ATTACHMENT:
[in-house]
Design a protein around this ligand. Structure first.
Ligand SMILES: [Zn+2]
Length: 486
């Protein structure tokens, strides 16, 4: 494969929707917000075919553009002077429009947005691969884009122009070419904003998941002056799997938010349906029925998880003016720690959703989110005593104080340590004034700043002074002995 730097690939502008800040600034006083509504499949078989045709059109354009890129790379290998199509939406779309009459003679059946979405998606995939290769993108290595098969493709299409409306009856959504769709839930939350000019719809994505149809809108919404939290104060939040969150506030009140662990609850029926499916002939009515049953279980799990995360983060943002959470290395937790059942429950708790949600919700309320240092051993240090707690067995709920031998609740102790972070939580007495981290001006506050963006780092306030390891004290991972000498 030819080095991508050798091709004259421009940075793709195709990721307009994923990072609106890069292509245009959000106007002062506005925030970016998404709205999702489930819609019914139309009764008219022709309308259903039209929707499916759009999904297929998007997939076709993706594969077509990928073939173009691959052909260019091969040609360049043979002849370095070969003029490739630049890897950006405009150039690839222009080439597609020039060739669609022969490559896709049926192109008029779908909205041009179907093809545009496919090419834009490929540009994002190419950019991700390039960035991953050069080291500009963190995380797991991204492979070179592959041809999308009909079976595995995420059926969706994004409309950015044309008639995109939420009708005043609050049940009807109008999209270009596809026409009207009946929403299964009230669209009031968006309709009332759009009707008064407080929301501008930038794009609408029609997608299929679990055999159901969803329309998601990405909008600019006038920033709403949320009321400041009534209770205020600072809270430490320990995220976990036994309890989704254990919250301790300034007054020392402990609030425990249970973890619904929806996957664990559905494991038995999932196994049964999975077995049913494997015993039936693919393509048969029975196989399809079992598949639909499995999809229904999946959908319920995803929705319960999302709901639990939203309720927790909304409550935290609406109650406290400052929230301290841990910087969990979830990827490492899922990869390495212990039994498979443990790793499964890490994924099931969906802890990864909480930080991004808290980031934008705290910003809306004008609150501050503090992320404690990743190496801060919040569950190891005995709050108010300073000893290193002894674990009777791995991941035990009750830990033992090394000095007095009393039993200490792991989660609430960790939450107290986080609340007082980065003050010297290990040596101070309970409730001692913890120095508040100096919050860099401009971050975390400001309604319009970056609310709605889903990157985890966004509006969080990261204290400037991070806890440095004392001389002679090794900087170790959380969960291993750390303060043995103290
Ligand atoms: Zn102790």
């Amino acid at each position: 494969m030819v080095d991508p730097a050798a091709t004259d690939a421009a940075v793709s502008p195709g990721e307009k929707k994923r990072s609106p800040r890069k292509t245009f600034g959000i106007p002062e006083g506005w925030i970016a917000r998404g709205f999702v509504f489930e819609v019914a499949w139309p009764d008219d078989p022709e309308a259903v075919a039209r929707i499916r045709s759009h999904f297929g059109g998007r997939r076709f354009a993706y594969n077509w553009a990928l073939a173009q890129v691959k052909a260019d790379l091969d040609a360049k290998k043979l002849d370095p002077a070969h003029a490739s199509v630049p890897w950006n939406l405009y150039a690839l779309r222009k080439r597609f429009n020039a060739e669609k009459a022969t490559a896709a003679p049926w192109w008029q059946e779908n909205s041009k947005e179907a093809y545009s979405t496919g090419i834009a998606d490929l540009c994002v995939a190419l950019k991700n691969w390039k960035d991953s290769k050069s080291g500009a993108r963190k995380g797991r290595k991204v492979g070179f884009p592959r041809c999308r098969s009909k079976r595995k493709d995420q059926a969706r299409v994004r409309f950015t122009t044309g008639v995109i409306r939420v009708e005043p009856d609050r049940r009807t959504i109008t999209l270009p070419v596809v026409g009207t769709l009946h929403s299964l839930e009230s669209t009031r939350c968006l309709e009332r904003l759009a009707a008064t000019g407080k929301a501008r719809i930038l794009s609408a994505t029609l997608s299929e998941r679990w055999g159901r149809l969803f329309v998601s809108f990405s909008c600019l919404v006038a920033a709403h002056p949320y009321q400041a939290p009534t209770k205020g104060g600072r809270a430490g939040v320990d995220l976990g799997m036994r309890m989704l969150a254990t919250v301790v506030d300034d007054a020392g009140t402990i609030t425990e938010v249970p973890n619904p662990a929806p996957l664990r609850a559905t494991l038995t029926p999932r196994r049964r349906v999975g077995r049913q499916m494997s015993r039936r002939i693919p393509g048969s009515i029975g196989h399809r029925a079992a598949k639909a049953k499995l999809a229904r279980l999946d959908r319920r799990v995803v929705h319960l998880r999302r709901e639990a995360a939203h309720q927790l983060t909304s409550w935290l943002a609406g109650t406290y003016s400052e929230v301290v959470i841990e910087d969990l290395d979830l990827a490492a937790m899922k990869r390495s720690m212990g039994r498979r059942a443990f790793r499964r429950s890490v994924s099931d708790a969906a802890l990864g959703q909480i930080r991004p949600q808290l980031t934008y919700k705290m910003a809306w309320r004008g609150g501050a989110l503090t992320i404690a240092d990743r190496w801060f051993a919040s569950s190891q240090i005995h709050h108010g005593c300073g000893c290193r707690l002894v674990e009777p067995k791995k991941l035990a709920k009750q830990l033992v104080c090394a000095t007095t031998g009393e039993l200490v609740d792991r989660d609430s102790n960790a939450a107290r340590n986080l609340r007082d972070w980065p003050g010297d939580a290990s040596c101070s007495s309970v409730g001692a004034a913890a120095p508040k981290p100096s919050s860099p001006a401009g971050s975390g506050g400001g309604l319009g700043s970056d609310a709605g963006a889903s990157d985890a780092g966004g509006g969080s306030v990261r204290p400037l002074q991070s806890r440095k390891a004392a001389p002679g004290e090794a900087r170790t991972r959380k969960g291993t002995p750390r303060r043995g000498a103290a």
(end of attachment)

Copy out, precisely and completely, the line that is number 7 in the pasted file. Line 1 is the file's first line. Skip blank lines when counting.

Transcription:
């Amino acid at each position: 494969m030819v080095d991508p730097a050798a091709t004259d690939a421009a940075v793709s502008p195709g990721e307009k929707k994923r990072s609106p800040r890069k292509t245009f600034g959000i106007p002062e006083g506005w925030i970016a917000r998404g709205f999702v509504f489930e819609v019914a499949w139309p009764d008219d078989p022709e309308a259903v075919a039209r929707i499916r045709s759009h999904f297929g059109g998007r997939r076709f354009a993706y594969n077509w553009a990928l073939a173009q890129v691959k052909a260019d790379l091969d040609a360049k290998k043979l002849d370095p002077a070969h003029a490739s199509v630049p890897w950006n939406l405009y150039a690839l779309r222009k080439r597609f429009n020039a060739e669609k009459a022969t490559a896709a003679p049926w192109w008029q059946e779908n909205s041009k947005e179907a093809y545009s979405t496919g090419i834009a998606d490929l540009c994002v995939a190419l950019k991700n691969w390039k960035d991953s290769k050069s080291g500009a993108r963190k995380g797991r290595k991204v492979g070179f884009p592959r041809c999308r098969s009909k079976r595995k493709d995420q059926a969706r299409v994004r409309f950015t122009t044309g008639v995109i409306r939420v009708e005043p009856d609050r049940r009807t959504i109008t999209l270009p070419v596809v026409g009207t769709l009946h929403s299964l839930e009230s669209t009031r939350c968006l309709e009332r904003l759009a009707a008064t000019g407080k929301a501008r719809i930038l794009s609408a994505t029609l997608s299929e998941r679990w055999g159901r149809l969803f329309v998601s809108f990405s909008c600019l919404v006038a920033a709403h002056p949320y009321q400041a939290p009534t209770k205020g104060g600072r809270a430490g939040v320990d995220l976990g799997m036994r309890m989704l969150a254990t919250v301790v506030d300034d007054a020392g009140t402990i609030t425990e938010v249970p973890n619904p662990a929806p996957l664990r609850a559905t494991l038995t029926p999932r196994r049964r349906v999975g077995r049913q499916m494997s015993r039936r002939i693919p393509g048969s009515i029975g196989h399809r029925a079992a598949k639909a049953k499995l999809a229904r279980l999946d959908r319920r799990v995803v929705h319960l998880r999302r709901e639990a995360a939203h309720q927790l983060t909304s409550w935290l943002a609406g109650t406290y003016s400052e929230v301290v959470i841990e910087d969990l290395d979830l990827a490492a937790m899922k990869r390495s720690m212990g039994r498979r059942a443990f790793r499964r429950s890490v994924s099931d708790a969906a802890l990864g959703q909480i930080r991004p949600q808290l980031t934008y919700k705290m910003a809306w309320r004008g609150g501050a989110l503090t992320i404690a240092d990743r190496w801060f051993a919040s569950s190891q240090i005995h709050h108010g005593c300073g000893c290193r707690l002894v674990e009777p067995k791995k991941l035990a709920k009750q830990l033992v104080c090394a000095t007095t031998g009393e039993l200490v609740d792991r989660d609430s102790n960790a939450a107290r340590n986080l609340r007082d972070w980065p003050g010297d939580a290990s040596c101070s007495s309970v409730g001692a004034a913890a120095p508040k981290p100096s919050s860099p001006a401009g971050s975390g506050g400001g309604l319009g700043s970056d609310a709605g963006a889903s990157d985890a780092g966004g509006g969080s306030v990261r204290p400037l002074q991070s806890r440095k390891a004392a001389p002679g004290e090794a900087r170790t991972r959380k969960g291993t002995p750390r303060r043995g000498a103290a």